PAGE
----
Coronavirus: what we know about second waves
Boris Johnson is keen to keep lockdown in place to avoid a secondary outbreak
Boris Johnson has signalled that he favours a continuation of coronavirus lockdown measures over alternative plans to ease restrictions, according to reports.
During a two-hour video call on Friday, the prime minister is understood to have told Foreign Secretary Dominic Raab and advisers including Dominic Cummings that his “overriding concern” is avoiding a fresh outbreak of the new coronavirus in the UK.
Lifting restrictions too soon could result in a “second peak” of infections and cause a repeat of stricter lockdown measures, Johnson reportedly warned.
How likely is a second wave?
Cabinet Office Minister Michael Gove and Chancellor Rishi Sunak last week suggested that lockdown measures could be eased once the transmission rate had lowered to below one (meaning each infected person infects fewer than one person, on average).
Raab, who is deputising for Johnson in his absence, is likely to be among those lobbying for restrictions to begin being lifted once the PM returns to Downing Street after recovering from the virus, which put him in hospital for a week.
“He has kept his cards very close to his chest but that will change once the prime minister is back,” an unnamed minister told The Times.
But insiders say Johnson is wary of any action that could prompt a second wave, and is prepared to keep the lockdown in place for much longer.
“It’s a question of how comfortable you are with the virus circulating in the community,” a source told the newspaper. “Everyone wants the rate of transmission to be below 1. But the question is how much lower it should be.”
Professor Carl Heneghan, director of the Centre for Evidence-Based Medicine at Oxford University, said that the effects of lockdown could be more severe than the consequences of allowing the virus to spread.
Speaking to the BBC Radio 4’s Today programme, he said models had often been proved to be “some way out” and that the government had not tested nearly enough people.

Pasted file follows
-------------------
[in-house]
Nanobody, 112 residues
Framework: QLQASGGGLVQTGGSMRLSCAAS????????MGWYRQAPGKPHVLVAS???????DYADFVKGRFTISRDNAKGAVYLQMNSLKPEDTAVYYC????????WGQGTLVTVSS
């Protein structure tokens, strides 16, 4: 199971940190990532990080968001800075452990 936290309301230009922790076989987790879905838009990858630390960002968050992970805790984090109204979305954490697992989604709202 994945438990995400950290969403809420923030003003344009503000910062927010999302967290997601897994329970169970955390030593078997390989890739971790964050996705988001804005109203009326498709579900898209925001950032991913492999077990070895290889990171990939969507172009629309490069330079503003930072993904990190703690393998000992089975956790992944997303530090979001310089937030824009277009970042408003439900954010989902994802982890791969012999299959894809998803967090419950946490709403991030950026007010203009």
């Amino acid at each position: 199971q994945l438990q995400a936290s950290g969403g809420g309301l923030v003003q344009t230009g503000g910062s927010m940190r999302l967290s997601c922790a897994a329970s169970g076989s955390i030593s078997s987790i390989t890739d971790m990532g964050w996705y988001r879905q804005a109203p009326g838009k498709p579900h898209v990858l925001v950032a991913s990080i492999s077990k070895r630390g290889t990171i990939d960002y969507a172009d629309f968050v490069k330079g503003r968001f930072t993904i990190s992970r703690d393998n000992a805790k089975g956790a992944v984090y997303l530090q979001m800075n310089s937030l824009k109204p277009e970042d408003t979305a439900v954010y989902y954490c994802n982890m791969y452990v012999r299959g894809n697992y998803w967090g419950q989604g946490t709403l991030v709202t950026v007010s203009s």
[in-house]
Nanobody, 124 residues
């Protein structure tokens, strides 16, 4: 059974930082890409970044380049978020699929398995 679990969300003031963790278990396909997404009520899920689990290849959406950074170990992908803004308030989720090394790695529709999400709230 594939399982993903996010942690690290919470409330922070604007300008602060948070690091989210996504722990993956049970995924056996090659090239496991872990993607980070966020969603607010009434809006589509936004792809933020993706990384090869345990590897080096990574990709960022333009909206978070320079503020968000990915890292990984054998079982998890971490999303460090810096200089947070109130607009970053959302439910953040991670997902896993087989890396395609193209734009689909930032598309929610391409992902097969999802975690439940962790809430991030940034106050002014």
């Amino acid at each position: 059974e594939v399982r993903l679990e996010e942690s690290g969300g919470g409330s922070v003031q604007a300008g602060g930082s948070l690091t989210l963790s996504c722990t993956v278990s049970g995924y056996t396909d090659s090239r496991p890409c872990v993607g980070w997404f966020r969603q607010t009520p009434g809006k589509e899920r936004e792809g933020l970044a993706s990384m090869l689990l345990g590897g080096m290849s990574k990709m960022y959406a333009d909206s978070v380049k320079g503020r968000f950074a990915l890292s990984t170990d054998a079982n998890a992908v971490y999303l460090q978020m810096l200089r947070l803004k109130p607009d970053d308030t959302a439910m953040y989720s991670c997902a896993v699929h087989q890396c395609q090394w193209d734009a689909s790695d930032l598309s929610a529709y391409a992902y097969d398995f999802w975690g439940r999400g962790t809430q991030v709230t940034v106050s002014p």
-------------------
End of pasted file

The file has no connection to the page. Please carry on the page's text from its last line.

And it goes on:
“The key is no one has really understood how many people actually have the infection,” he said. “You could do that really quickly with random sampling of a thousand people in London who thought they had the symptoms. You could do that in the next couple of days and get a really key handle on that problem and we’d be able to then understand coming out of lockdown much quicker.
“In fact, the damaging effect now of lockdown is going to outweigh the damaging effect of coronavirus.”
Even when the current lockdown measures end – which won’t be anytime soon – there is a chance they will be reintroduced.
“The idea that we will be rushing to lift measures is a non-starter,” a government source said. “If the transmission rate rises significantly we will have to do a harder lockdown again.”
Viral pandemics often hit in waves. “While second waves and secondary peaks within the period of a pandemic are technically different, the concern is essentially the same: the disease coming back in force,” says The Guardian.
“Other flu pandemics – including in 1957 and 1968 – all had multiple waves. The 2009 H1N1 influenza A pandemic started in April and was followed, in the US and temperate northern hemisphere, by a second wave in the autumn,” adds the paper.
Have other countries prepared for a second wave?
Some European countries have already started lifting some lockdown restrictions, allowing people more freedoms but risking a greater spread of infections.
But even those considering easing measures are trying to avoid a second wave by keeping most lockdown measures in place.
In Germany, where some federal states are relaxing curbs on public life, Chancellor Angela Merkel has warned she is “greatly concerned” the public might let its guard down and there could be a second wave of the virus in the country.
In Norway, pre-schools have opened; primary schools have opened in Denmark; parks and forests are set to open in Poland; and open air markets have reopened in the Czech Republic.
France has indicated that nurseries, primary and secondary schools would reopen on 11 May, while Merkel has said that Germany would consider reopening schools next month.
But French Prime Minister Edouard Philippe said the return would be gradual, The Guardian reports.
“I don’t have answers today … given the barrier rules, it doesn’t seem reasonable that a marriage of say 200 people gathered in a confined place is to be envisaged. For how long I don’t know,” Philippe admitted.
Countries like Singapore, which eased restrictions on the basis it would protect its population with a strong contact tracing system, has seen a sudden resurgence in infections.
“With 1,426 new cases reported on Monday and nine dormitories – the biggest of which holds 24,000 men – declared isolation units, Singapore’s experience, although very specific, has demonstrated the ability of the disease to come back strongly”, says the Guardian.
Justin Lessler, an associate professor of epidemiology at Johns Hopkins University, wrote in The Washington Post in March: “Epidemics are like fires. When fuel is plentiful, they rage uncontrollably, and when it is scarce, they smoulder slowly.
“Epidemiologists call this intensity the ‘force of infection’, and the fuel that drives it is the population’s susceptibility to the pathogen. As repeated waves of the epidemic reduce susceptibility (whether through complete or partial immunity), they also reduce the force of infection, lowering the risk of illness even among those with no immunity.”